Who woulda thought that a photo of skunk scat would be such a draw? One thing is certain, though. Skunks aren’t only good neighbors—they eat the grubs of nuisance insects—but they’re also cute.
by Tamia Nelson | April 9, 2018
Not long after I founded this website, I published a short article about wildlife scat and included a photo of skunk scat. Three skunks live in the area, and I’ve met them all at one time or another. Sometimes all three of them will dine on seed left behind at the bird table outside my office window. Their bright white stripes stand out in the moonlight, and each skunk is easily distinguished from the others by the unique shapes of their white stripes and tails. I’ve become rather fond of Pepé, Pierre, and Big Momma. I’ve crossed paths with them when taking nighttime strolls onto the hillside to get a breath of air before bed. In all the years I’ve lived close to skunks, none has sprayed me with their formidable deterrent. We all give … Continue reading »
It’s the Chinese Year of the Dog, and just the other night we heard a distant coyote family howling under a full moon. So it seemed only right that we revisit this column from the early years of In the Same Boat. Coyote doesn’t have an easy time of it in the Adirondack foothills these days. Pursued by dogs, targeted by “varmint” hunters, “harvested” by trappers… Coyote finds enemies everywhere he turns. But make no mistake: He’s not giving up. Coyote is here to stay.
by Tamia Nelson | January 5, 2018
A Note to the Reader
It was early evening. Cool, but not cold — in the 20s, in fact. Warm for February. A light dusting of new snow covered the bare ground, reflecting the pale silver light of a waxing moon. I stepped outside. Except for a barking dog in the far distance, the ‘Flow was quiet. Suddenly, a shrill yip shattered the stillness. It was immediately answered by a second. The distant dog stopped barking. Silence. Then there was a third yip. And … Continue reading »
‘Twas a night just before Christmas, and a creature was stirring. But it wasn’t jolly old Saint Nick. It was… Well, no, Tamia’s not telling. Not now, at any rate. You’ll just have to keep reading.
by Tamia Nelson | December 29, 2018
The little lives of earth and form,
Of finding food and keeping warm,
Are not like ours, and yet
A kinship lingers nonetheless….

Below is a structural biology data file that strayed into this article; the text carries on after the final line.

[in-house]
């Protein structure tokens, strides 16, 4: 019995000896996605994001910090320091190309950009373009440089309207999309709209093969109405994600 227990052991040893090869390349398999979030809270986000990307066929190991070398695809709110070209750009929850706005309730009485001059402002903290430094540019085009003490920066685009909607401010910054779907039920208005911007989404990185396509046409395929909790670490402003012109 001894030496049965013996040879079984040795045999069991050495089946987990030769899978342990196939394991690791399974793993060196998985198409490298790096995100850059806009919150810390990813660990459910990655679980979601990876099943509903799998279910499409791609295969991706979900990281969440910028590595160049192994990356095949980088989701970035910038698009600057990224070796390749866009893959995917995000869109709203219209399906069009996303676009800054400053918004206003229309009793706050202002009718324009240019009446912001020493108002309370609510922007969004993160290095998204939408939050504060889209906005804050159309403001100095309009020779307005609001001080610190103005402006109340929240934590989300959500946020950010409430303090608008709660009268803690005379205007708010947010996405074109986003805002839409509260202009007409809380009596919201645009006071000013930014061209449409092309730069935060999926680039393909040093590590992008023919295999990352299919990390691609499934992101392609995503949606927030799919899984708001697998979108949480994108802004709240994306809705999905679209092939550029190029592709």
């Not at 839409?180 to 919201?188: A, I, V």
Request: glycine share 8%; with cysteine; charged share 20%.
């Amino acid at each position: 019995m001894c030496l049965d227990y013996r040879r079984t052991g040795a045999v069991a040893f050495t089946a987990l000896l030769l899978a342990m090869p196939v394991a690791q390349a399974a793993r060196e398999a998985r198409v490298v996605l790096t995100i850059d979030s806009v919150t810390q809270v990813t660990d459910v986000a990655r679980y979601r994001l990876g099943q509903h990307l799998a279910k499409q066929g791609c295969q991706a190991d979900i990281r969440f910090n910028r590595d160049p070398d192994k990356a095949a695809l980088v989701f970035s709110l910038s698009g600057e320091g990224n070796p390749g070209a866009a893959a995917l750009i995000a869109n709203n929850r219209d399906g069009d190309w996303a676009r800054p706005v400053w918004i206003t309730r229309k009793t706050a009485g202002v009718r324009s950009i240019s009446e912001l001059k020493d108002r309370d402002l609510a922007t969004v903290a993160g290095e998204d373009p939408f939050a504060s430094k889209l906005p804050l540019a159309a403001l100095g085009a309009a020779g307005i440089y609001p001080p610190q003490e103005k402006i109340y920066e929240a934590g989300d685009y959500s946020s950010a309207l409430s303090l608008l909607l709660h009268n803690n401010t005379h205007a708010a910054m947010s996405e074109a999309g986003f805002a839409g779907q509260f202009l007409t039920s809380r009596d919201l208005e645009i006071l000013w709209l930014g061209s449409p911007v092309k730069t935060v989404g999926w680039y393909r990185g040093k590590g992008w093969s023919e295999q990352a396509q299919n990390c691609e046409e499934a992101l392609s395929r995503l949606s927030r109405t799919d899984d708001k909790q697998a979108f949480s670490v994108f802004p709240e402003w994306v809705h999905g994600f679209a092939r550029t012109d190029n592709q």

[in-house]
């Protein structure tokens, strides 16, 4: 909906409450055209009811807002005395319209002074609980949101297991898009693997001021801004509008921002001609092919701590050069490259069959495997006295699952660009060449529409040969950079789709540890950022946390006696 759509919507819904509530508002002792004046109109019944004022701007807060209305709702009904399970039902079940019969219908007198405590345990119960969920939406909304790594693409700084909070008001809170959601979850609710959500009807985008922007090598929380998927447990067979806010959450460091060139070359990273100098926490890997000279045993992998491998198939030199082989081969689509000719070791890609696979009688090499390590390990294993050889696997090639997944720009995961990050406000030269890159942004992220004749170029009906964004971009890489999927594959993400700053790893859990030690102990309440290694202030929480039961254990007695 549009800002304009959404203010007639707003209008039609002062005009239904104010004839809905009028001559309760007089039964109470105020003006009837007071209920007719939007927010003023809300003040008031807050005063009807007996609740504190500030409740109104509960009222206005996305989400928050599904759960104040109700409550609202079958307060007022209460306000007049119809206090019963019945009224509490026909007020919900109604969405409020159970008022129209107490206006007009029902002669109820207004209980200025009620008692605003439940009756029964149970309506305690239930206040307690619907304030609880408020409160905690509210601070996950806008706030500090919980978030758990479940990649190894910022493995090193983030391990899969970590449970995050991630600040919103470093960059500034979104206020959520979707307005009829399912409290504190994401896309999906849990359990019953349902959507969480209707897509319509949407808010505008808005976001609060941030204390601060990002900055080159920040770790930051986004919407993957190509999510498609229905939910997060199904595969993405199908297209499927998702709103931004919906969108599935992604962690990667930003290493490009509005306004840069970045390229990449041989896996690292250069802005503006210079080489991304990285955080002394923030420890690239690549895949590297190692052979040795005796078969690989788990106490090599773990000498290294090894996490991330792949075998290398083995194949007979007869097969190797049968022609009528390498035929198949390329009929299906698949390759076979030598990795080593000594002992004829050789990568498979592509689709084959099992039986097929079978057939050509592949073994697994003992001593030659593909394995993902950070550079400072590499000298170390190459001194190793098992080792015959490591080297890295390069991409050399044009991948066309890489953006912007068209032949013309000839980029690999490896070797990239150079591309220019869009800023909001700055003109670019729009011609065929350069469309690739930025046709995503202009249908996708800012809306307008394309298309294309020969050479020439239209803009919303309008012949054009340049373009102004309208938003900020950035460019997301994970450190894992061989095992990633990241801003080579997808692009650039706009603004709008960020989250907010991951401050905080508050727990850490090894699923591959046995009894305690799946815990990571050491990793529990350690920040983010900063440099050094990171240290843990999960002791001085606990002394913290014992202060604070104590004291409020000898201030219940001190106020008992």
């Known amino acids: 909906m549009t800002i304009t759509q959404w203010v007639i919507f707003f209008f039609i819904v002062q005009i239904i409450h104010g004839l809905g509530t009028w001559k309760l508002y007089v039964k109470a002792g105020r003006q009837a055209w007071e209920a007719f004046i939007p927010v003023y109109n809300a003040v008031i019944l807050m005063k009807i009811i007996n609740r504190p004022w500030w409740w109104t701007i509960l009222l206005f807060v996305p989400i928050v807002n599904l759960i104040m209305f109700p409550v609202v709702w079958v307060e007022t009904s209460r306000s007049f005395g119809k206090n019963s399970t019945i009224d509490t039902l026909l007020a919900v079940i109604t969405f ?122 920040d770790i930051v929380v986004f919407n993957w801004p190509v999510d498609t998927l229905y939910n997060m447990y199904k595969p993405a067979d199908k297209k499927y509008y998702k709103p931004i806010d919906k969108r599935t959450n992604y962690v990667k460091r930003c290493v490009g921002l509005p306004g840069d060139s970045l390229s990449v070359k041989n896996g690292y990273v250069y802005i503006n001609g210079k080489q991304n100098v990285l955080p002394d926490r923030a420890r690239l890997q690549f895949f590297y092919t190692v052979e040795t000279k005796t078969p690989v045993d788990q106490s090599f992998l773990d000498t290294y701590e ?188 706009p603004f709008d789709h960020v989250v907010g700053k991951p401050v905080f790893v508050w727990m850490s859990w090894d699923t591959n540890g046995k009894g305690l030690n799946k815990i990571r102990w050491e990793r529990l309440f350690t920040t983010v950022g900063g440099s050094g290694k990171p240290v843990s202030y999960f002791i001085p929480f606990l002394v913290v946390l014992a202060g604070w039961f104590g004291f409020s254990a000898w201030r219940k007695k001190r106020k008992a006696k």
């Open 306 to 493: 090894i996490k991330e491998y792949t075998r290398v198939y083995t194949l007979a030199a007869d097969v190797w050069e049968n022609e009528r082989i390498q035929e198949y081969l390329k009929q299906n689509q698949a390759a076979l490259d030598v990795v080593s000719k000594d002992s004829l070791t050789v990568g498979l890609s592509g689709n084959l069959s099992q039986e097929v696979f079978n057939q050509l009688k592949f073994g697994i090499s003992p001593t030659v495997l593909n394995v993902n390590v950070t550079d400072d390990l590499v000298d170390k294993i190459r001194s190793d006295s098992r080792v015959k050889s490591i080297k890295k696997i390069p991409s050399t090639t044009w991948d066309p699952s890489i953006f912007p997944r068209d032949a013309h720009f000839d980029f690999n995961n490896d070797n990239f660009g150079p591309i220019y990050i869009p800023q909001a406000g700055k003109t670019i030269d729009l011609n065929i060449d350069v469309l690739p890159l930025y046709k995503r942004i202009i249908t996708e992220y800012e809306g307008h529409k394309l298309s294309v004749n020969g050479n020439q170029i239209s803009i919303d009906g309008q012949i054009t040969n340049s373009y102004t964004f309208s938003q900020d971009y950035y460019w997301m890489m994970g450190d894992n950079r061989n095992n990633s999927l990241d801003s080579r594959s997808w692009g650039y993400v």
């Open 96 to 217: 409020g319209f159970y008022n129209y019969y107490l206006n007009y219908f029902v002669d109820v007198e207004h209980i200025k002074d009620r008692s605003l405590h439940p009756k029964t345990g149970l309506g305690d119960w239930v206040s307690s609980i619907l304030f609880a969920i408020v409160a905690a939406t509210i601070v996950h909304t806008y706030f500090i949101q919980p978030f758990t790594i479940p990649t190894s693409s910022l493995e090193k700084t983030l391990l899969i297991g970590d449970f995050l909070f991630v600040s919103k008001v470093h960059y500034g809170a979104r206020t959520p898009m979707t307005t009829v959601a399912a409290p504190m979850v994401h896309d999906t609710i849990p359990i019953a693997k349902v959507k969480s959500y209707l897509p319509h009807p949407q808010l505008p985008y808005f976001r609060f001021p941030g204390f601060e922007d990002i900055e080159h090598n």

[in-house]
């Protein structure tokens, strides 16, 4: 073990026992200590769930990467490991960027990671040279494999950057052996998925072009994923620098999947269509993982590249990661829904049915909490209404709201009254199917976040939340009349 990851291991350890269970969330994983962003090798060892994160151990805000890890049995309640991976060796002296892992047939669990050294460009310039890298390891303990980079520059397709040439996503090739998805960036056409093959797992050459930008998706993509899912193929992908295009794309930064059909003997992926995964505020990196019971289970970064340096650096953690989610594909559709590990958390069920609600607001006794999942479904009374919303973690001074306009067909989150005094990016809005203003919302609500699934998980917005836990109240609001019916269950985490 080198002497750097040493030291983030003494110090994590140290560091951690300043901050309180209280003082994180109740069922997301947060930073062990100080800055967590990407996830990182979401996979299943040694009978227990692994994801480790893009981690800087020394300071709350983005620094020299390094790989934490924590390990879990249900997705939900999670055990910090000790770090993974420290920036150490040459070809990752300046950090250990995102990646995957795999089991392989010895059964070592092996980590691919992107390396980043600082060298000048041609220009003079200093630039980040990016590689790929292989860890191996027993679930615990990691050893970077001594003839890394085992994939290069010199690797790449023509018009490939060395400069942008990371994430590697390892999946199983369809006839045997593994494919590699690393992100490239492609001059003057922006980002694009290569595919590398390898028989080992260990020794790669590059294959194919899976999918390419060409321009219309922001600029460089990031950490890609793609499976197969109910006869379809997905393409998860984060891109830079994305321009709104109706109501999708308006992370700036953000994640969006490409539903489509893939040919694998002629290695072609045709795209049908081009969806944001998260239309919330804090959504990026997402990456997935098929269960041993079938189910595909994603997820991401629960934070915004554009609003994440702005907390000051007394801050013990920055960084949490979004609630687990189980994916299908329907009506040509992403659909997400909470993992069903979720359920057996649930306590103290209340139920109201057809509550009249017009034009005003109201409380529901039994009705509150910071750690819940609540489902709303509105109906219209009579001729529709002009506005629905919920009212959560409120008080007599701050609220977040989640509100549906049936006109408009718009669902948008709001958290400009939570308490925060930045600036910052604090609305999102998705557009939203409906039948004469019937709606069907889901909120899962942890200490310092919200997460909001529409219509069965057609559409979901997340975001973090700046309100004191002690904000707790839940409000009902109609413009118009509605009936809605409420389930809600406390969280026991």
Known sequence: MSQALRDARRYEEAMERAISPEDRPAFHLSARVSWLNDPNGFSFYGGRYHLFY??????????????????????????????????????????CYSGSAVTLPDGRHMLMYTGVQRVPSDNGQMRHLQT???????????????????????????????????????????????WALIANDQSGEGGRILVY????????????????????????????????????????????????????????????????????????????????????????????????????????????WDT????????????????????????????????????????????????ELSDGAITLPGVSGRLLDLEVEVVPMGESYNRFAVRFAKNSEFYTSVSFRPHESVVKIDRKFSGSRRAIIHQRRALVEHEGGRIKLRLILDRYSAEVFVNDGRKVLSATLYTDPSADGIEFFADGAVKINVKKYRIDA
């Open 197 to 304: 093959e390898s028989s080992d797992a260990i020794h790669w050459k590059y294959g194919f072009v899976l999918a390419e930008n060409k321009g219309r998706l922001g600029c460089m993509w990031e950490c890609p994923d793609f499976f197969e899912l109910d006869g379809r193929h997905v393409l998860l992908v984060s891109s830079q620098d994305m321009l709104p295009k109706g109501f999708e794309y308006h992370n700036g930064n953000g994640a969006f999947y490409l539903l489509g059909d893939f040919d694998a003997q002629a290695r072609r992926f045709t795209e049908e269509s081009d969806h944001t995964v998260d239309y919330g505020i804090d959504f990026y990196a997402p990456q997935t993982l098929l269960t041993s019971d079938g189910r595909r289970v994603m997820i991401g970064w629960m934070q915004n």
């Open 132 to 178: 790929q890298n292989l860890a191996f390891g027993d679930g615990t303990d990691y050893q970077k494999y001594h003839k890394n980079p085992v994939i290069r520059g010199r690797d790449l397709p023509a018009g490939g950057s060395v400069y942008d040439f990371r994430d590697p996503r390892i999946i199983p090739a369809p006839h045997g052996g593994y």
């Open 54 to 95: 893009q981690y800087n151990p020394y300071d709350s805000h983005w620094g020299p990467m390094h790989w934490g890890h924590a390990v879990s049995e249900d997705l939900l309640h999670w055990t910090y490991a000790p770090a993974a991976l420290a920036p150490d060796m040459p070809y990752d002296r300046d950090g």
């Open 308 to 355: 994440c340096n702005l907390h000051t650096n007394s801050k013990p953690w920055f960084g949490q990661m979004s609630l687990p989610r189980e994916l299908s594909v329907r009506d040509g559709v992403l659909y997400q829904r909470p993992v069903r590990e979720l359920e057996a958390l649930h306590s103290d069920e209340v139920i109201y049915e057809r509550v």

— Philip Larkin, “Little Lives of Earth and Form”
It happened almost 40 years ago, but I remember it as if it were yesterday. I wakened slowly from a deep sleep and realized that my arm needed to come in out of the cold. Even in midsummer the nights are chilly at 6,000 feet in the North Cascades, and though I was one of eight climbers huddled under a single tarp on the eve of the summer solstice, my sleeping bag was on the edge of the group. This had been my choice. Our tarp was staked close to the ground, and the atmosphere under its impervious fabric was thick with … Continue reading »
The Others have an answer to the question in the title. But is anyone listening? Tamia is.
The Expert looked at his watch, and gave his companion a thumbs-up. The job wouldn’t take long. A flight of finches exploding into the air. Neither man noticed. The Expert eyeballed the old pine. He didn’t see the red squirrel clinging to the trunk. He saw only the brown needles and the bare limbs.
“What good is a dead tree?” the Expert asked, not expecting an answer. His companion knew the question was purely rhetorical. And he marked the pine for removal.
The two men thought they were alone. But they were wrong. And the Others who were present did their best to answer the Expert’s question. He wasn’t listening, though. Perhaps he never had. In any case, his companion was anxious to get going. Time is money, after all, and the Expert had more trees to condemn.
Yet the dissenting voices of the Others continued to make their case, long after the Expert had gone. It’s too … Continue reading »